[open-science] [Open-access] OKF at Open Repositories 2014

Emanuil Tolev emanuil at cottagelabs.com
Thu Dec 5 13:32:28 UTC 2013

On 5 December 2013 12:16, Jenny Molloy <jenny.molloy at okfn.org> wrote:

> People seem to be pointing towards:
> 1) Automatic/crowdsourced deposition of OA work into repositories via
> OAButton system or other means (maybe we could persuade a few live
> repositories to implement the deposit button Mark discussed).

Hmm... if the OAButton showed you your own research (e.g. just by name),
showed you how many people hit a paywall trying to get your article(s) and
prompted you to deposit, that seems like a good way of convincing more
people to do it. Would it not be insanely complex in terms of finding WHERE
to deposit to though? (I.e. has to be a local institutional repo because UK
is not Norway, correct me if I'm wrong.)

Also I'm not sure how much metadata they hold about the articles people
report using the OAButton. An integration between the OAButton data and
CrossRef has more chance here, and is a cool idea. There's not enough
integration between OAButton and repos yet, though we do use CORE to look
stuff up automatically for our users. Not enough for a workshop on its own
unless more development happens in this area, but could be included.

> 2) Indexing content for search and discovery.

I think Jorum, the open educational resource system, is built on DSpace,
and that's doing fine with its catalogue: http://find.jorum.ac.uk/
But I guess what the audience will really want to hear about is basically
an open alternative to Google Scholar.

One thing which can attach information to very large amounts of DOI-s is
http://oag.cottagelabs.com/ , a mass license checker - goes directly to
publisher websites and scrapes them (or uses API-s where available). So
this is not precisely discovery just yet, but it does fill the legal gap
(the license of the items we index for discovery and search).

Many have tried to build an open index of scholarship (I've tried with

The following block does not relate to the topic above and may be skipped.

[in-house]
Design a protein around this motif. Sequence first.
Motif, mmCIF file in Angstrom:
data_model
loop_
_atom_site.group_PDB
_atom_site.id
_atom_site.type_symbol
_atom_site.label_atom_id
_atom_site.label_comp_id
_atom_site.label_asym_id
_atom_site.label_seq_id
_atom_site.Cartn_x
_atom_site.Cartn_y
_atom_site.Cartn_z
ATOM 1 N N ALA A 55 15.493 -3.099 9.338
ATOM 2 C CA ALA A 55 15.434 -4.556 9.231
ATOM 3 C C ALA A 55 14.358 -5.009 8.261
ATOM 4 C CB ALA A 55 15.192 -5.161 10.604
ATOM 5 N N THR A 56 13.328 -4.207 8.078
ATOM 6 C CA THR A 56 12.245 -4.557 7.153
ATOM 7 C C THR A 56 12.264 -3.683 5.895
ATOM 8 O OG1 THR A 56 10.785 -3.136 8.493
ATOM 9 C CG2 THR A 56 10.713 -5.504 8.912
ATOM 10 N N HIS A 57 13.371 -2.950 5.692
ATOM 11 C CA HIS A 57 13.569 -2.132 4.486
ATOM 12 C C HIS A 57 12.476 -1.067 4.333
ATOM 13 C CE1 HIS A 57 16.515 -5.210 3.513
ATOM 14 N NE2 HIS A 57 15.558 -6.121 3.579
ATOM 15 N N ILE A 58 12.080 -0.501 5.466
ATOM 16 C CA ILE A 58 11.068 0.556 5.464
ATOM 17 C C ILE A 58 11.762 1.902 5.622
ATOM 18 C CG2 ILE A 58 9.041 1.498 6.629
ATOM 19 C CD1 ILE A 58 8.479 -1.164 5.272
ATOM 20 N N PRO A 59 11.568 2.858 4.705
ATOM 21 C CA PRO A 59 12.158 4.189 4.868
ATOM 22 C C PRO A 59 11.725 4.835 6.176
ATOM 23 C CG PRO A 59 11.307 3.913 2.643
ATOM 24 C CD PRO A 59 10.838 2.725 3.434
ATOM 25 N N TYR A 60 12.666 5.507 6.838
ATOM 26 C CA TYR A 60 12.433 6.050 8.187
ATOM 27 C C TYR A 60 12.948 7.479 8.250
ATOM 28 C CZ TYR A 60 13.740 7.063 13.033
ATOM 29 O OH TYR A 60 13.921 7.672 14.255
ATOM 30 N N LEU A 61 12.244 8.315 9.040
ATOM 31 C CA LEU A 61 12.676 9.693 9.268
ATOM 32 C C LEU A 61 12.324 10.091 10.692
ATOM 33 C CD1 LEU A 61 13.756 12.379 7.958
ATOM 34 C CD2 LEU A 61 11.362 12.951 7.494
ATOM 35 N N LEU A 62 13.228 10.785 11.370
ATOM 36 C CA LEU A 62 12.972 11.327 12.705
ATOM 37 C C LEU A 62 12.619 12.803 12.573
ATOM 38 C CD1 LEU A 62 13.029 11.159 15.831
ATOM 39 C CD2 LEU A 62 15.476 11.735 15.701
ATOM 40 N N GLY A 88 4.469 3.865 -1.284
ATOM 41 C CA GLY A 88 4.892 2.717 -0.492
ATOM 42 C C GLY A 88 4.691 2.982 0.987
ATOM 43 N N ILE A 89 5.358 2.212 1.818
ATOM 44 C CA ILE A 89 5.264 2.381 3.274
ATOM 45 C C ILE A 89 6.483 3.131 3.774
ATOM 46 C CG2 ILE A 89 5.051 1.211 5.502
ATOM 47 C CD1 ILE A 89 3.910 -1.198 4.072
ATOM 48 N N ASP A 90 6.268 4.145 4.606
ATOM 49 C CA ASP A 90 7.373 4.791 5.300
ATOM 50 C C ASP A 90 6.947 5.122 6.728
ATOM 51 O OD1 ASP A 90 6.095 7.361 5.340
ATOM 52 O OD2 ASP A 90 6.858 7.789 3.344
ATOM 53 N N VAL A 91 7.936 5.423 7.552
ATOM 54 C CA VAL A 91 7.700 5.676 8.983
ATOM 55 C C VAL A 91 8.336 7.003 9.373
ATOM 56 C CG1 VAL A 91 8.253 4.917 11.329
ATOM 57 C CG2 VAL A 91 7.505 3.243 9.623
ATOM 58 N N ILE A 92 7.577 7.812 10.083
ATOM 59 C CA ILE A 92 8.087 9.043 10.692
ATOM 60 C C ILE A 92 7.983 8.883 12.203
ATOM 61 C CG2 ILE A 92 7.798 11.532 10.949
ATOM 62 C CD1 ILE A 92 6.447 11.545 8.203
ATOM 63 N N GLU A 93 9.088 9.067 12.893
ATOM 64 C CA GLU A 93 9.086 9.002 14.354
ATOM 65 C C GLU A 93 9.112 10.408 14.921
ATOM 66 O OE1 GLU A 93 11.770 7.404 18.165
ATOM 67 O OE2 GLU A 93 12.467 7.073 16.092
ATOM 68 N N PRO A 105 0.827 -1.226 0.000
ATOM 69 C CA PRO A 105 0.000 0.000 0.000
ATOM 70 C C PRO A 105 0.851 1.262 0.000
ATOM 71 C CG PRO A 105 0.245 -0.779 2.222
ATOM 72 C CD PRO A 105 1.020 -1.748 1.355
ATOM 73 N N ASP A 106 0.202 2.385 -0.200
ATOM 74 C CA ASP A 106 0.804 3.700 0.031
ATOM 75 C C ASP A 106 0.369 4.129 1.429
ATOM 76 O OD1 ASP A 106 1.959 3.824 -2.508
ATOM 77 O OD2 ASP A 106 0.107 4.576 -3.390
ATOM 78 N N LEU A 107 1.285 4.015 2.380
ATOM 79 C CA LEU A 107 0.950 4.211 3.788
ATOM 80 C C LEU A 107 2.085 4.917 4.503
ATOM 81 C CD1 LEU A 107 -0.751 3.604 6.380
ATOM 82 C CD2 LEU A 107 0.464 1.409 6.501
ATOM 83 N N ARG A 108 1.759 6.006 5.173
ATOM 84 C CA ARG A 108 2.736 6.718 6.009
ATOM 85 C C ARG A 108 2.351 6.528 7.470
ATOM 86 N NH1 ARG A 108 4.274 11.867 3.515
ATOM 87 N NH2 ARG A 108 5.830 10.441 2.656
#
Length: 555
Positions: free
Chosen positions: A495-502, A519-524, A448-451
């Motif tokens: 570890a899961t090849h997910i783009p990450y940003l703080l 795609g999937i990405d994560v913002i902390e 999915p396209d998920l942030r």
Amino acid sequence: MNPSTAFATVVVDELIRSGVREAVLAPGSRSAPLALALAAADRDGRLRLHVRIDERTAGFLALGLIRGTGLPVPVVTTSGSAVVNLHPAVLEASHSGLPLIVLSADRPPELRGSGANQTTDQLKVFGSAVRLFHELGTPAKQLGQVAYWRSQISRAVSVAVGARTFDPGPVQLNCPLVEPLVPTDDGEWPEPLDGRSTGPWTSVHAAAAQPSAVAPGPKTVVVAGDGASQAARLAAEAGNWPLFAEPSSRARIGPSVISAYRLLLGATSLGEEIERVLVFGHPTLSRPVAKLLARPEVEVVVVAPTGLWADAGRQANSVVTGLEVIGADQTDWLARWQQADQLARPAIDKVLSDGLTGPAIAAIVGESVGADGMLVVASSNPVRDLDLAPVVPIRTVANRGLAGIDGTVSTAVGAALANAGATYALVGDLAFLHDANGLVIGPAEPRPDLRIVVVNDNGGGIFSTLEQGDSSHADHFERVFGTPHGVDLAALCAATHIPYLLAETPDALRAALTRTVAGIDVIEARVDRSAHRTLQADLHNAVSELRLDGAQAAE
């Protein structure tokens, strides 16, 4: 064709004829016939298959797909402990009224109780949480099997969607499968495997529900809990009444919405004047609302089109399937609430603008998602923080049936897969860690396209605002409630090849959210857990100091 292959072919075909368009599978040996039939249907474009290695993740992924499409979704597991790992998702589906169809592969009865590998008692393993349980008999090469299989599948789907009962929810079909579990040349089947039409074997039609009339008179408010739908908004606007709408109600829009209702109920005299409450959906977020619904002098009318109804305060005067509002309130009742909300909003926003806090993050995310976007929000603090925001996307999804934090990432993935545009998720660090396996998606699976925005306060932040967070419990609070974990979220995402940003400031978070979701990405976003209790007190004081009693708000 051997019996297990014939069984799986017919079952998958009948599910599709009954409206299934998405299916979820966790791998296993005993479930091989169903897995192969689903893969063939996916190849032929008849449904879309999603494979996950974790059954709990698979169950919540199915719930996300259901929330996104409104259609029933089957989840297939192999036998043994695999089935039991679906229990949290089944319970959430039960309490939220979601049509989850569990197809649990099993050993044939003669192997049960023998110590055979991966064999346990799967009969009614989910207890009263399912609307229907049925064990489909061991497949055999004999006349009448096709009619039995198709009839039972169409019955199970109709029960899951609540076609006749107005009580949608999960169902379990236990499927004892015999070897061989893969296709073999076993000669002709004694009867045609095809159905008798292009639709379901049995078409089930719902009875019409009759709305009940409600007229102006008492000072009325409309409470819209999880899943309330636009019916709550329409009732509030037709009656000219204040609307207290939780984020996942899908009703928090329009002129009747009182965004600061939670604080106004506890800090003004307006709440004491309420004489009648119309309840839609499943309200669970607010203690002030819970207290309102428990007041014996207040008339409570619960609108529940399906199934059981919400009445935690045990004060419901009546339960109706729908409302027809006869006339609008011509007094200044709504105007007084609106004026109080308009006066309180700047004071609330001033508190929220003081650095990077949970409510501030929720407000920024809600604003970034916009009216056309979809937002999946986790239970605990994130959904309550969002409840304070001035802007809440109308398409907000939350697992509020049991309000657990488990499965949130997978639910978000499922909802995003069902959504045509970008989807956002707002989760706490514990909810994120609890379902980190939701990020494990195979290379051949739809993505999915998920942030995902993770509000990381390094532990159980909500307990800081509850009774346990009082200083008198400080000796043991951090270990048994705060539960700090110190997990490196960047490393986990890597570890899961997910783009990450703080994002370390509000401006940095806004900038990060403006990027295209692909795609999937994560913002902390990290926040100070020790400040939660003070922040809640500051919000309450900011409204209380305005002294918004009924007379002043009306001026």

others too, still trying) but I haven't heard of a big one just yet. While
this is probably the "ultimate" topic of such a workshop, I don't think
we're at the stage where you can base a workshop on that idea. Maybe the
other 2 examples above + other existing projects come together to a greater
whole worthy of a workshop though.


> 3) Bridging between where people publish code and data (e.g.
> GitHub/BitBucket) and then how that's incorporated and referenced in the
> literature (thanks Arfon for this suggestion!) How do repositories fit in?
> I copy in Imma who is from the Open Repositories organising committee to
> see if she has any feedback on the ideas so far and we can decide which one
> might best make for a coherent workshop. From last year's programme these
> are typically 3-4 hours. This document should also give a feel for the
> kinds of sessions that were being run
> http://or2013.net/program/session-schedule.
> Jenny
> On Thu, Dec 5, 2013 at 11:31 AM, Mark MacGillivray <mark at cottagelabs.com>wrote:
>> On Thu, Dec 5, 2013 at 11:30 AM, Mike Taylor <mike at indexdata.com> wrote:
>>> SWORD is a technically superior solution, because it's a single
>>> protocol that can be implemented by multiple clients and multiple
>>> servers in an interoperable way. A client developed to use any given
>>> repo's own API will be be re-usable elsewhere.
>> Also true.
>> Mark
>>> -- Mike.
>>> On 5 December 2013 11:28, Peter Murray-Rust <pm286 at cam.ac.uk> wrote:
>>> >
>>> >
>>> >
>>> > On Thu, Dec 5, 2013 at 10:35 AM, Mark MacGillivray <
>>> mark at cottagelabs.com>
>>> > wrote:
>>> >>
>>> >>
>>> >> Does this mean that CKAN groks SWORD? If so this is good news.
>>> >>
>>> >> Unfortunately no - repo systems like dpsace and eprints do, but not
>>> CKAN
>>> >> yet. We have looked at it and it would not be hard, but it has not
>>> been done
>>> >> yet, mainly because CKAN has never focussed on being an academic repo
>>> before
>>> >> so has not needed to grok SWORD.
>>> >>
>>> >
>>> > CKAN has its  own API so if there is a Java client I'll use that - I
>>> don't
>>> > think SWORD gives a technical advantage - it might give a political
>>> one.
>>> >
>>> >
>>> >
>>> > --
>>> > Peter Murray-Rust
>>> > Reader in Molecular Informatics
>>> > Unilever Centre, Dep. Of Chemistry
>>> > University of Cambridge
>>> > CB2 1EW, UK
>>> > +44-1223-763069
>>> >
>>> > _______________________________________________
>>> > open-access mailing list
>>> > open-access at lists.okfn.org
>>> > http://lists.okfn.org/mailman/listinfo/open-access
>>> > Unsubscribe: http://lists.okfn.org/mailman/options/open-access
>>> >
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